How Can I Recover From a Downward Trend in My GPA?

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ADG 147: How Can I Recover From a Downward Trend in My GPA?

Session 147

Our student today is concerned about his downward trend. But what does a downward trend really look like? Listen in to find out how to reverse a downward trend to prove to medical schools that you’re academically capable.

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[00:24] Question of the Day

“I am a fairly nontraditional applicant and I feel my stats are competitive for a lot of MD schools. However, I think more important than the specific number for my GPA, which is okay but not great, is the trend. And I have a downward trend, which is lethal in some schools. 

And so I feel as if I have a good explanation for the downward trend and be able to tell my story and explain that. But one thing I’m worried about is potentially coming off as if I’m making excuses rather than explaining the downward trend.”

[01:05] What is a Downward Trend?

A lot of students who have a 3.9 GPA and then dropped to a 3.7 think they have a downward trend. And this is not a problem.

So this student has a 3.40 GPA and 3.35 science GPA. He’s concerned that it’s exacerbated by the fact that he spent his first two years at a community college. But I wouldn’t worry about that part. Specifically, he’s worried medical schools would raise some questions that he did well at community college, and not so well at university.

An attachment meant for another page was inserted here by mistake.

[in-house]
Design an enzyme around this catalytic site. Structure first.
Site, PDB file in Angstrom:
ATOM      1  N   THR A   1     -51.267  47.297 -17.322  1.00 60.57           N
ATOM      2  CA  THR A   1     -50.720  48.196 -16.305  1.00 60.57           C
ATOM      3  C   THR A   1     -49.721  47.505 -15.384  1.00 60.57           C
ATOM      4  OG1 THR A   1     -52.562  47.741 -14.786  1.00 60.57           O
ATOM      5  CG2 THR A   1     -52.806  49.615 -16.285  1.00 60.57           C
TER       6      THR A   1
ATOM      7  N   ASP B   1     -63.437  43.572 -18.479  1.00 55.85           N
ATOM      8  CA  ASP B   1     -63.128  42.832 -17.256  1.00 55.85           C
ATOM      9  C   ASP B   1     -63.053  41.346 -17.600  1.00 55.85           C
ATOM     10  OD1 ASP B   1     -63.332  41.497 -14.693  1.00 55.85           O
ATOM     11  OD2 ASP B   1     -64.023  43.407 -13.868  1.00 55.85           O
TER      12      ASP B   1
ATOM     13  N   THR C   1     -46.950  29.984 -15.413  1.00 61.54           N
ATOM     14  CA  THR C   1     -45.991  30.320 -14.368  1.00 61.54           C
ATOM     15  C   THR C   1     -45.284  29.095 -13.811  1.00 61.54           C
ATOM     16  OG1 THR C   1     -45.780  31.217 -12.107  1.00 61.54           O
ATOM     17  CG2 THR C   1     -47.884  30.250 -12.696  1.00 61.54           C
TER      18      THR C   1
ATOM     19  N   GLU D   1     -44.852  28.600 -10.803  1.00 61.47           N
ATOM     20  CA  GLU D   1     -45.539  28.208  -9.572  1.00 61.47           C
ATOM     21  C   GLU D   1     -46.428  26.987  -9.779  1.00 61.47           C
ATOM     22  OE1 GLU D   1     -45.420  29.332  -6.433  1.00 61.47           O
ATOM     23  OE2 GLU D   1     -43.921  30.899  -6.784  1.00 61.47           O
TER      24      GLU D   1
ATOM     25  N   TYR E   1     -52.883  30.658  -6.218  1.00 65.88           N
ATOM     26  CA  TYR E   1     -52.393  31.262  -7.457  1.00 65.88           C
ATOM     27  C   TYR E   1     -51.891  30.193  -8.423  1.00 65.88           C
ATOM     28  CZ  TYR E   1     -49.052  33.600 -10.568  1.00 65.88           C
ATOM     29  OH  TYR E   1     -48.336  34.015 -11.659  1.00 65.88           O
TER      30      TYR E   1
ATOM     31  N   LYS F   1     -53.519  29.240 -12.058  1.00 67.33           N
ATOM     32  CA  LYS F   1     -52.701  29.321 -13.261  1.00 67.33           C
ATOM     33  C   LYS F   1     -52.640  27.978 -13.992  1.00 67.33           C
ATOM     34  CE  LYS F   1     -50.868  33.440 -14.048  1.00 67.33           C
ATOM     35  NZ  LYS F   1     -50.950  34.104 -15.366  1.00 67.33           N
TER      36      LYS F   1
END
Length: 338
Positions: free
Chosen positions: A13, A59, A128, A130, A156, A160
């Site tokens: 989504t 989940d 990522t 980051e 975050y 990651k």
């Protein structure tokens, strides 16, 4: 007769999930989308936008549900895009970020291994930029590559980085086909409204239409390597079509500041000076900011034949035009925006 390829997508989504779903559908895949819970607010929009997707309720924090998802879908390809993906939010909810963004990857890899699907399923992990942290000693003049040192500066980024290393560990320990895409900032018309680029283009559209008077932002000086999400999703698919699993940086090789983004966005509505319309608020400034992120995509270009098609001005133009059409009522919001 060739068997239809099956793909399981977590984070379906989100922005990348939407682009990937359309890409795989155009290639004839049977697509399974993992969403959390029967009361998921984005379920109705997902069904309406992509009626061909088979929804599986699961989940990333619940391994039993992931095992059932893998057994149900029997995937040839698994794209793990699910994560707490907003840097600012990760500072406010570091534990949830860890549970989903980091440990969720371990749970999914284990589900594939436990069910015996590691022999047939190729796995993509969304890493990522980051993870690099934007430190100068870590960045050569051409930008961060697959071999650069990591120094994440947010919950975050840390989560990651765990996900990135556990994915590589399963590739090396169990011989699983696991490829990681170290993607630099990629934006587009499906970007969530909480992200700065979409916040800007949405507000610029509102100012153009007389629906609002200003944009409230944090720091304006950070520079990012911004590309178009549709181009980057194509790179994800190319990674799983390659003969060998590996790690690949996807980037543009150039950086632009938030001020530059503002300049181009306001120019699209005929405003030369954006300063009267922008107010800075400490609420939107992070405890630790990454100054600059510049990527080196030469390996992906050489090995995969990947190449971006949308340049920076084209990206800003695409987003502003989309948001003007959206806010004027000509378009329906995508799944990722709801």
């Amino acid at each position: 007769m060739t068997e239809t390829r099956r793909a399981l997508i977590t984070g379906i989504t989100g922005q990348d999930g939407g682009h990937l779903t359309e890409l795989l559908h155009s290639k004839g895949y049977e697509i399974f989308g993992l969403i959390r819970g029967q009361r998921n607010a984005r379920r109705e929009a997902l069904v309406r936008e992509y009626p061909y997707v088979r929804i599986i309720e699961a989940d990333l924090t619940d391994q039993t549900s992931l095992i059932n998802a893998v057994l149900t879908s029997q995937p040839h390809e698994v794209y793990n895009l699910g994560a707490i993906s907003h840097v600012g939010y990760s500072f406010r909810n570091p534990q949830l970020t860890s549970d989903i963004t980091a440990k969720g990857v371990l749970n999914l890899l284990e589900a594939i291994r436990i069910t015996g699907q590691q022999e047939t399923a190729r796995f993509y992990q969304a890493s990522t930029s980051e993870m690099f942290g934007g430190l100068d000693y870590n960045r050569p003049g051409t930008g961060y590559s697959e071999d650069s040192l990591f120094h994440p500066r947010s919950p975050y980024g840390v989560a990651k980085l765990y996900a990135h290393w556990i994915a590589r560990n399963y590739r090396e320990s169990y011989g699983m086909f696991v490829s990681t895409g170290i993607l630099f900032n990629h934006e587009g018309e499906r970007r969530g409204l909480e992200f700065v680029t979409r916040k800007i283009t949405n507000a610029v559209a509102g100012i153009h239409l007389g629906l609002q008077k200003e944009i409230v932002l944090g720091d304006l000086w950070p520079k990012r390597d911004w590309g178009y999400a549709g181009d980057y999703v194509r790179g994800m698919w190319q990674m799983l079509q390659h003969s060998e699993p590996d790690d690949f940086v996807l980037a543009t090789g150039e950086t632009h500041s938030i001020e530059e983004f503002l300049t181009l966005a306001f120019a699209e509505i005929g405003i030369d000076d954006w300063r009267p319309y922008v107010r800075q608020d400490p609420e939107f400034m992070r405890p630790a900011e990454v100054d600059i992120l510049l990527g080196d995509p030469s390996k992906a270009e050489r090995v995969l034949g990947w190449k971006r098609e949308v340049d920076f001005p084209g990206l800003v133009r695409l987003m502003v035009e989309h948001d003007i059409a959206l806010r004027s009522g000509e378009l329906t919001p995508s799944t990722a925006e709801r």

His GPA trend is at 3.8, 3.6, 3.7, and senior year is 3.0. So his senior year is going to sting him a bit.

He explains that he didn’t decide on medicine until about a year after having graduated college. He didn’t know what he was doing in college so there wasn’t a lot of focus or motivation.

[02:42] Too Much on the Plate

He started out vaguely wanting to major in chemistry and biochemistry, just because that’s what he did well in high school. He ended up double majoring in physics and biochem. And a lot of his poor grades are from quarters where he was simultaneously taking mechanics, electromagnetism, modern physics lab, and Genome Sciences. He was also doing undergraduate research, and working about 30 hours a week to support himself.

“It's a super common story of students taking on too much and then falling behind in courses.”Click To Tweet

It sounds like he wasn’t premed at this time. He didn’t want to be a doctor until after that. And so, he most likely needs to take a postbac to reverse that trend. He will be able to reverse what that graph looks in terms of starting off well coming down, and then with postbac work coming back up. Otherwise, he won’t be able to have a chance to explain it unless he reverses the trend. Hence, the need for postbac work.

[05:41] The Need for Postbac Work

Our student says he has gone back and forth a couple of times and applied two years ago without any interview invites. When he asked for feedback, medical schools gave him different viewpoints. One school told him he has shown academic competency so it wasn’t the problem. Another school told him he needed additional coursework. Regardless, my advice is still to get that additional postbac coursework.